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It’s probably safe to say that we all know that exercise improves your health.  It can get you in shape, help you lose weight, improve your balance, and reduce your chance of developing all sorts of nasty diseases like heart disease and diabetes. But in addition to just making your quality of life better, it also can extend it.  That’s right, people that exercise may actually live longer.

How can exercise help you live longer?

First of all, let’s consider the shear logic. We know that exercise lowers your risk of heart disease, cancer, heart attack, stroke and so on.1  Therefore, you are less likely to die from these illnesses and thus you’re likely to live longer.  However, a potential increase to your lifespan is not only due to a lower risk of getting deadly diseases.  Regular exercise causes cellular changes that make you look and feel younger.

You could live 11 years longer if you exercise regularly

Researchers at Brigham Young University examined the DNA of nearly 6,000 people and discovered that active people had longer telomeres than sedentary ones.2 Telomeres are the end caps on chromosomes that shorten with age and are a generally accepted measure of aging in the scientific community. This study showed a nearly 11-year increase in lifespan for folks that jogged or ran for greater than 75 minutes per week.  Nearly 6.000 individuals were part of the study, providing significant credibility to the research.  Consider the equivalent of 75 minutes of exercise each week for 50 years is only 4 months.  In other words, 4 months of exercise for 11 years of extended life.  Sign me up!

70 is the new 40

Another study looked at the heart, lungs, and muscles of active 70-year-olds, sedentary 70-year-olds, and active 40-year-olds. They discovered that active older men and women had heart and lung capacity as well as muscle strength comparable to individuals 30 years younger.3  This implies these folks in their 70’s have roughly the same disease risk as others nearly half their age!

Other exercise advantages

Of course, exercise is not just about living longer.  Maybe more importantly, it’s about quality of life.  Nowadays, medicine can keep us alive a lot longer than we normally would live.  For some, that means more misery and a reduced desire to live longer in the first place.  Here are some effects of exercise that will make you want to live longer:

  • It reduces inflammation. Aging is related with inflammation of muscle and other bodily tissues.4 This impact can be mitigated through exercise.5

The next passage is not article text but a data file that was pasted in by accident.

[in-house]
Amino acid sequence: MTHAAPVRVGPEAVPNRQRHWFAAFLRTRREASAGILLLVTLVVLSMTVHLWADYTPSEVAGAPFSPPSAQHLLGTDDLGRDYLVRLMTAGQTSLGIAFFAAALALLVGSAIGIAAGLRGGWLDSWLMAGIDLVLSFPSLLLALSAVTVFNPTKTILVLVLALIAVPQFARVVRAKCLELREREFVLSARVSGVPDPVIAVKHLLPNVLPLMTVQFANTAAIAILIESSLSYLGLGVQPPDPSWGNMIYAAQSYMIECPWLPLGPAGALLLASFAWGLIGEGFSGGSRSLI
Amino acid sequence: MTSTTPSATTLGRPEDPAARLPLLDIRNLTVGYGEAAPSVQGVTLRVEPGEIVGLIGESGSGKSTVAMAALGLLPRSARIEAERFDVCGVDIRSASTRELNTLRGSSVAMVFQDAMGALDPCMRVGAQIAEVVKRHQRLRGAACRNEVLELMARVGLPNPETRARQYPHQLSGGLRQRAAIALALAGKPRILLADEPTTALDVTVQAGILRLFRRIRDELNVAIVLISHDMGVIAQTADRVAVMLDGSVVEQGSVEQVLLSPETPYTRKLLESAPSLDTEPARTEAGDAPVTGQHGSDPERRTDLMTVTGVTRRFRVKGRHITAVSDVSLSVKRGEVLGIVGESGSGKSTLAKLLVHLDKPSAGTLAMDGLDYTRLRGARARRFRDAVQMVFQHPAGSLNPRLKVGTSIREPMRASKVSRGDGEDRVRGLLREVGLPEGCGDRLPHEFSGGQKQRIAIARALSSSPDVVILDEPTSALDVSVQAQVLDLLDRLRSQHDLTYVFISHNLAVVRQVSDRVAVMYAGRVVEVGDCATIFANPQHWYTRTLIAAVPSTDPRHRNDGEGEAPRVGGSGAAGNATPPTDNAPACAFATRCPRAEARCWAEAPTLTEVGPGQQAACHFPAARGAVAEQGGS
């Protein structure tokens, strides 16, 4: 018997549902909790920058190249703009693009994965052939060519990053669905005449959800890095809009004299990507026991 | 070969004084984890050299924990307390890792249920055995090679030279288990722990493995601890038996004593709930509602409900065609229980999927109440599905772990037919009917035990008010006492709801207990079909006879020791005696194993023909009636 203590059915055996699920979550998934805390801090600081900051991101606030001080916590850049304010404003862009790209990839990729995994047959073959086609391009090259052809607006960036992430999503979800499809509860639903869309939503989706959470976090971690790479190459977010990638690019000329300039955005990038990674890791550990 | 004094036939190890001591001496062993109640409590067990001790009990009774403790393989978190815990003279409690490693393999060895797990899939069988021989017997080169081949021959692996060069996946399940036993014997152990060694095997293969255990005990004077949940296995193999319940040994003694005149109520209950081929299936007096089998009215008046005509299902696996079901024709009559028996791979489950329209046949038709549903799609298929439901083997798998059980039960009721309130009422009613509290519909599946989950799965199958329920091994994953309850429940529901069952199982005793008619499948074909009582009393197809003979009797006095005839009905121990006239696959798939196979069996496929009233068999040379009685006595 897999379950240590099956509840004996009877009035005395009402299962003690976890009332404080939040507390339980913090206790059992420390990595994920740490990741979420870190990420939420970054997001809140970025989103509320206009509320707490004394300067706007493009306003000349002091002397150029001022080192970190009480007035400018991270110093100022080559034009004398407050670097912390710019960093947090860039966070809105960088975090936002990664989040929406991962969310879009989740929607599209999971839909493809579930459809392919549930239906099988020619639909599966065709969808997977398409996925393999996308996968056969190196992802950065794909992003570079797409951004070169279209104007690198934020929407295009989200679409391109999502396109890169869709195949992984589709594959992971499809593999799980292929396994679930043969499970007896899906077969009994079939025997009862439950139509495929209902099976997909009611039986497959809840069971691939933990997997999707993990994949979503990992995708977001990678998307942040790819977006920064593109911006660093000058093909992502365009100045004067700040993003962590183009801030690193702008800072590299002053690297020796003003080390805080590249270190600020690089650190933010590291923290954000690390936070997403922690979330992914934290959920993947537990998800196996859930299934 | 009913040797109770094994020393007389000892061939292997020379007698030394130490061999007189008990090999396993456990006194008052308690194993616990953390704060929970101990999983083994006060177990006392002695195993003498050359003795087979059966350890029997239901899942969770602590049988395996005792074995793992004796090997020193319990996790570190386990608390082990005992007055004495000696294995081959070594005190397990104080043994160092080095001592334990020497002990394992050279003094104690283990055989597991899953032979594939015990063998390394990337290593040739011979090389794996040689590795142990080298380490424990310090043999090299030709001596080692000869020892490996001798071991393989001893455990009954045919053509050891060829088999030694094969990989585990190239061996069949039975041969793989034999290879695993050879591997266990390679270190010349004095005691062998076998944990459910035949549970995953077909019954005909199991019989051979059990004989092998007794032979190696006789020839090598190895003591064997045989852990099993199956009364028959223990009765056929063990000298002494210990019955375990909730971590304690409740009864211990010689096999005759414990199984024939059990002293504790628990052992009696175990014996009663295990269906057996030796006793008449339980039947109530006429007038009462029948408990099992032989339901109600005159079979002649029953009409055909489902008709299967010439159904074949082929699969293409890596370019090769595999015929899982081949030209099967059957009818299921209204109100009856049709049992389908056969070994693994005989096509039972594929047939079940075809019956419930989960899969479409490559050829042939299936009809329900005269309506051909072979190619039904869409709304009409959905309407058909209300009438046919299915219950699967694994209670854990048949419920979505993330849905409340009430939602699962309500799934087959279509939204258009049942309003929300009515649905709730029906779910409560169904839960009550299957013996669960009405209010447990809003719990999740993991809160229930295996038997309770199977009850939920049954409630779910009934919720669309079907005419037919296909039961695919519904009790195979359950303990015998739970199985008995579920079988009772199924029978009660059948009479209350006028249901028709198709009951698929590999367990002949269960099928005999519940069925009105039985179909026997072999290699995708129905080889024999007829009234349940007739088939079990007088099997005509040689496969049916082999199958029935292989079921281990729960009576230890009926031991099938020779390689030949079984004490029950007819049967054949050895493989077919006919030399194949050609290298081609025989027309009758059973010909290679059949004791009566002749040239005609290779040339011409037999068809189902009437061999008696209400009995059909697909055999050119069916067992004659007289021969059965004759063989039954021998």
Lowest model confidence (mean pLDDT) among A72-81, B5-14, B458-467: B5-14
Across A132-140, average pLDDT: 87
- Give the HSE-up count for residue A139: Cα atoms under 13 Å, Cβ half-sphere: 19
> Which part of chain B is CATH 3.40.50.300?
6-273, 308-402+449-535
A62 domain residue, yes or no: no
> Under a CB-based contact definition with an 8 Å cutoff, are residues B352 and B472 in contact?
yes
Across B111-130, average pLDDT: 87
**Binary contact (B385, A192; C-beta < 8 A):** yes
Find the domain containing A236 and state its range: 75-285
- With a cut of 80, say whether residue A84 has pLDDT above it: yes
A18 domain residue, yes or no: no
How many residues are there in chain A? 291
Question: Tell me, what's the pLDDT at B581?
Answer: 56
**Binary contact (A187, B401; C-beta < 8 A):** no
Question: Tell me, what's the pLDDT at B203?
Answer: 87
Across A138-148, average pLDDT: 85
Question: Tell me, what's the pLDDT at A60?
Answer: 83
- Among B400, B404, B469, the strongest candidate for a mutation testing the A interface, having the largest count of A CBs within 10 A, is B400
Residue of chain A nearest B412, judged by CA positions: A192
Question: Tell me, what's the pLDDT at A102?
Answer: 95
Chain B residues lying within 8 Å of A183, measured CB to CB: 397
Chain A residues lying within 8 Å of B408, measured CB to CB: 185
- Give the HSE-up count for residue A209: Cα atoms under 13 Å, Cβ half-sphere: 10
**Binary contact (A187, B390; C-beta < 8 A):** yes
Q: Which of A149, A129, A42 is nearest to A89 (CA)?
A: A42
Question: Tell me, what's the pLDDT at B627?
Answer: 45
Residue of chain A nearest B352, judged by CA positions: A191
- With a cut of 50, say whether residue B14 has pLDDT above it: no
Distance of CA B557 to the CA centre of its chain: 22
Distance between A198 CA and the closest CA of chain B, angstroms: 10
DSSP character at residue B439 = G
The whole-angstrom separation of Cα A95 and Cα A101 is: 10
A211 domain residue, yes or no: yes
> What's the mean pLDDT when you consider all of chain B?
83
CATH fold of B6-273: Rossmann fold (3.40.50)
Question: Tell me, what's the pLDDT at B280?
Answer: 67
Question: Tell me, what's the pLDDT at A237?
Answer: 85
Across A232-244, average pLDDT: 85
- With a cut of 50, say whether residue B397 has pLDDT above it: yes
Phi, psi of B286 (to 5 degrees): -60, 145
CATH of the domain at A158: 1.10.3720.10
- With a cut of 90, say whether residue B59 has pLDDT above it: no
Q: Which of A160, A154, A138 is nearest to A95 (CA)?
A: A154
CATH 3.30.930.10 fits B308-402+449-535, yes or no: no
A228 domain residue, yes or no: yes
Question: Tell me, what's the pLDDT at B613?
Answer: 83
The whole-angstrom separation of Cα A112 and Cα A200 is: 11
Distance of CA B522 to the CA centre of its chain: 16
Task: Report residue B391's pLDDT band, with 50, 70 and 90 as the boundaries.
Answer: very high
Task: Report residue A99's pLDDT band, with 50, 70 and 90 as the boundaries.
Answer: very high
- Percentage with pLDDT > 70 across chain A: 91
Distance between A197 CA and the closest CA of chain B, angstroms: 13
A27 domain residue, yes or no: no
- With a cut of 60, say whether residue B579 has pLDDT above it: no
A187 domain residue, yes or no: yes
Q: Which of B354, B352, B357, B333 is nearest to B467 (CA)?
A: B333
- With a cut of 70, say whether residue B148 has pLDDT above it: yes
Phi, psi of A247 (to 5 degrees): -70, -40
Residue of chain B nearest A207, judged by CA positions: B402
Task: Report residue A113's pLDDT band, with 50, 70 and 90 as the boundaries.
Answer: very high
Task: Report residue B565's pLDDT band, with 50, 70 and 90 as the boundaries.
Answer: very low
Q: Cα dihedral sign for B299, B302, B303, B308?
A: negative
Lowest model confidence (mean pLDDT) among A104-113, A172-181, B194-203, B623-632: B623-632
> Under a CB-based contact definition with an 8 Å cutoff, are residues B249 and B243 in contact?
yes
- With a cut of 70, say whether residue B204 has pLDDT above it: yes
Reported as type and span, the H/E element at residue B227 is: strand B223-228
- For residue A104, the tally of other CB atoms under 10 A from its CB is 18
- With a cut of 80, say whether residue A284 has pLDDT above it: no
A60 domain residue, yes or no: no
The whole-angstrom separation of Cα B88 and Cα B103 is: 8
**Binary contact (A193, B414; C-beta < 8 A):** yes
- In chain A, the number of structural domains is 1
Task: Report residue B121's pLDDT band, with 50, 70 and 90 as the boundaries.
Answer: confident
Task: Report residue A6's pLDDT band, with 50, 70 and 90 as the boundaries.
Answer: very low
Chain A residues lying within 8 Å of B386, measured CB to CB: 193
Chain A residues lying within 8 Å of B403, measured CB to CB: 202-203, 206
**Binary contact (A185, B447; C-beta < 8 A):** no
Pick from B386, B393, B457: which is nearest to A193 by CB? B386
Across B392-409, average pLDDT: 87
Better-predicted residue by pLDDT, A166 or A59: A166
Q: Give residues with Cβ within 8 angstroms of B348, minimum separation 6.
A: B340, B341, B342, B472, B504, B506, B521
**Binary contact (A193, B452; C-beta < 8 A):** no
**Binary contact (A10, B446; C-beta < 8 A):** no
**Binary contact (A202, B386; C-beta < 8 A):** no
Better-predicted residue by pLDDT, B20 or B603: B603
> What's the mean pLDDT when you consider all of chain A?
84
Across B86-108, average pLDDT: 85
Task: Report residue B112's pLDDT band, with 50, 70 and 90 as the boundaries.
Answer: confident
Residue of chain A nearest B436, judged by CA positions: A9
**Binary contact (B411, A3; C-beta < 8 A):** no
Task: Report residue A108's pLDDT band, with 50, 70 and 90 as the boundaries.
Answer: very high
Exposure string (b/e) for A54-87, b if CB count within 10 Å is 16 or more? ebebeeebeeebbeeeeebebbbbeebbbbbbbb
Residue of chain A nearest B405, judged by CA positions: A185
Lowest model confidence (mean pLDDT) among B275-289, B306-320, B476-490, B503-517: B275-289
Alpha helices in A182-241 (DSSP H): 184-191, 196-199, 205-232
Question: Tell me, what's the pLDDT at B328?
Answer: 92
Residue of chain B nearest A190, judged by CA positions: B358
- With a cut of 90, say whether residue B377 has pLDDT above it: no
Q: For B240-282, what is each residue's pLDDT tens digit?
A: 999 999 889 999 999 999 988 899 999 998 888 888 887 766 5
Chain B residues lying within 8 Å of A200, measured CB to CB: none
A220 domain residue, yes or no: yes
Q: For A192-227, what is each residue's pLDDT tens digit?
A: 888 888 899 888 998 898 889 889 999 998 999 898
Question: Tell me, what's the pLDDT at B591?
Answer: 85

• Improves mood.  Many studies show the positive psychological side-effects from exercise, such as a decrease in anxiety and depression. 6
  • Helps you sleep better.  While there is a lot of debate about the details, the consensus is that people that exercise sleep better.7  Why?  This isn’t so clear, but just the fact that exercise tends to decrease body fat is probably at least part of the answer.
  • Boosts cognitive function.  Whether you have cognitive impairment or not, exercise actually helps your brain function better.8  This seems to be especially true among older folks.
  • Reduces memory loss.  People that exercise generally have better memories.9
  • Improved digestive function.  More stress means worse digestion, studies show.10  We already know that exercise reduces stress and thus improves digestion.  However, overtraining may induce the opposite effect.11
  • Strengthens your immune system.  Especially right now, with COVID-19, immune function is a subject of particular importance.  We already know that exercise improves immune function but we’re seeing a lot of people die from COVID.  Who are they?  A better question is, who AREN’T they?  Most often, they AREN’T regular exercisers.12

It’s never too late to get into shape.

A lot of people have excuses.  “I’m too busy.”  “I’m too fat.”  “I’m too old.”  Nice try, but you’ve got no excuse, even if you’ve been inactive for a long time. It is clear that even folks who are overweight or have been sedentary for a long time can extend their lives by adding modest physical activity to their daily routine.  So, instead of thinking “how CAN I fit exercise into my day,” think “how WILL I fit exercise into my day.”  You’ll live a longer AND happier life; it’s that simple.

How much exercise do we need to live longer?

To increase your longevity, you don’t have to become an outstanding athlete. Regular, moderate activity, such as brisk walking, has been linked to a significant increase in life expectancy. For example, exercising for 150 minutes or more each week extends life expectancy but even as little as 5 minutes per day can significantly reduce disease risk and add years to your life.  I’m not saying be a whimp about it, but even something is better than nothing.  The more you can exercise the better.  So, stop making excuses and get out there and do it.  Live longer and live better.